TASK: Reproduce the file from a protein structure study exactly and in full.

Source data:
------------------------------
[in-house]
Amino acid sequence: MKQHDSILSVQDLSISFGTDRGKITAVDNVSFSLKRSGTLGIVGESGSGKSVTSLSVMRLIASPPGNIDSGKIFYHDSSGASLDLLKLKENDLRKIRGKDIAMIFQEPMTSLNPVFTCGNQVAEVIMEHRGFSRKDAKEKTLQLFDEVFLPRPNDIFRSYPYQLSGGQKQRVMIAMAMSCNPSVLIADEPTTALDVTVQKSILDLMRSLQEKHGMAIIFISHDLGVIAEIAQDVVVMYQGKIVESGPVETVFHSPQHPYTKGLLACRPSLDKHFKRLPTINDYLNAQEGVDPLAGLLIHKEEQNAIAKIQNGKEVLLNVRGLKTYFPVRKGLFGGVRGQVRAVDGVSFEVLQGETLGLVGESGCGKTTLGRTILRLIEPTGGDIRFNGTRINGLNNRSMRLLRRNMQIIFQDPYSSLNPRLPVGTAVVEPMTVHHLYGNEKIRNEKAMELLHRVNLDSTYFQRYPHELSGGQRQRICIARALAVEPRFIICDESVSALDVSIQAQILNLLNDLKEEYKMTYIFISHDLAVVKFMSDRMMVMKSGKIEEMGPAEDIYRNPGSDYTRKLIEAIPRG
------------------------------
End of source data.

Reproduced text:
[in-house]
Amino acid sequence: MKQHDSILSVQDLSISFGTDRGKITAVDNVSFSLKRSGTLGIVGESGSGKSVTSLSVMRLIASPPGNIDSGKIFYHDSSGASLDLLKLKENDLRKIRGKDIAMIFQEPMTSLNPVFTCGNQVAEVIMEHRGFSRKDAKEKTLQLFDEVFLPRPNDIFRSYPYQLSGGQKQRVMIAMAMSCNPSVLIADEPTTALDVTVQKSILDLMRSLQEKHGMAIIFISHDLGVIAEIAQDVVVMYQGKIVESGPVETVFHSPQHPYTKGLLACRPSLDKHFKRLPTINDYLNAQEGVDPLAGLLIHKEEQNAIAKIQNGKEVLLNVRGLKTYFPVRKGLFGGVRGQVRAVDGVSFEVLQGETLGLVGESGCGKTTLGRTILRLIEPTGGDIRFNGTRINGLNNRSMRLLRRNMQIIFQDPYSSLNPRLPVGTAVVEPMTVHHLYGNEKIRNEKAMELLHRVNLDSTYFQRYPHELSGGQRQRICIARALAVEPRFIICDESVSALDVSIQAQILNLLNDLKEEYKMTYIFISHDLAVVKFMSDRMMVMKSGKIEEMGPAEDIYRNPGSDYTRKLIEAIPRG